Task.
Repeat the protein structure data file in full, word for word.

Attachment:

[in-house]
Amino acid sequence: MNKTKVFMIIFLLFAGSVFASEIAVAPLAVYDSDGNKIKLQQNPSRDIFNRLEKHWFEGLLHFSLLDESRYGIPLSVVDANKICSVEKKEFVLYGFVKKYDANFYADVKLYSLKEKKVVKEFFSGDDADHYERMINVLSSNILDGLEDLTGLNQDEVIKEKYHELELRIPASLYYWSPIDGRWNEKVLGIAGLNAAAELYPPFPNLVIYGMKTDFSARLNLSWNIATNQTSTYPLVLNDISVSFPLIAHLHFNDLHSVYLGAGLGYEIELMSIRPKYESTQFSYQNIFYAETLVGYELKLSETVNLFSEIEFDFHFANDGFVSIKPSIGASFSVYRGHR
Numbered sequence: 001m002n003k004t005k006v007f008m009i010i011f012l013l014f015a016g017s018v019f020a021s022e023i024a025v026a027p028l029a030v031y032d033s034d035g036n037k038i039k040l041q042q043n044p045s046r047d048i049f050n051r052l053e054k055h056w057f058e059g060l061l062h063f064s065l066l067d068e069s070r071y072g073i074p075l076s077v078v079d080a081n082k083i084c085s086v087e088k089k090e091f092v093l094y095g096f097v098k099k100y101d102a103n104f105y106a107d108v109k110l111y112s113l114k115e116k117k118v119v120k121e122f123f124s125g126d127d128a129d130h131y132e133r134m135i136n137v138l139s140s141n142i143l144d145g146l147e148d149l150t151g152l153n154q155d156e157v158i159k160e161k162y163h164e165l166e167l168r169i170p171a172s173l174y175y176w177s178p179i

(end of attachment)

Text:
[in-house]
Amino acid sequence: MNKTKVFMIIFLLFAGSVFASEIAVAPLAVYDSDGNKIKLQQNPSRDIFNRLEKHWFEGLLHFSLLDESRYGIPLSVVDANKICSVEKKEFVLYGFVKKYDANFYADVKLYSLKEKKVVKEFFSGDDADHYERMINVLSSNILDGLEDLTGLNQDEVIKEKYHELELRIPASLYYWSPIDGRWNEKVLGIAGLNAAAELYPPFPNLVIYGMKTDFSARLNLSWNIATNQTSTYPLVLNDISVSFPLIAHLHFNDLHSVYLGAGLGYEIELMSIRPKYESTQFSYQNIFYAETLVGYELKLSETVNLFSEIEFDFHFANDGFVSIKPSIGASFSVYRGHR
Numbered sequence: 001m002n003k004t005k006v007f008m009i010i011f012l013l014f015a016g017s018v019f020a021s022e023i024a025v026a027p028l029a030v031y032d033s034d035g036n037k038i039k040l041q042q043n044p045s046r047d048i049f050n051r052l053e054k055h056w057f058e059g060l061l062h063f064s065l066l067d068e069s070r071y072g073i074p075l076s077v078v079d080a081n082k083i084c085s086v087e088k089k090e091f092v093l094y095g096f097v098k099k100y101d102a103n104f105y106a107d108v109k110l111y112s113l114k115e116k117k118v119v120k121e122f123f124s125g126d127d128a129d130h131y132e133r134m135i136n137v138l139s140s141n142i143l144d145g146l147e148d149l150t151g152l153n154q155d156e157v158i159k160e161k162y163h164e165l166e167l168r169i170p171a172s173l174y175y176w177s178p179i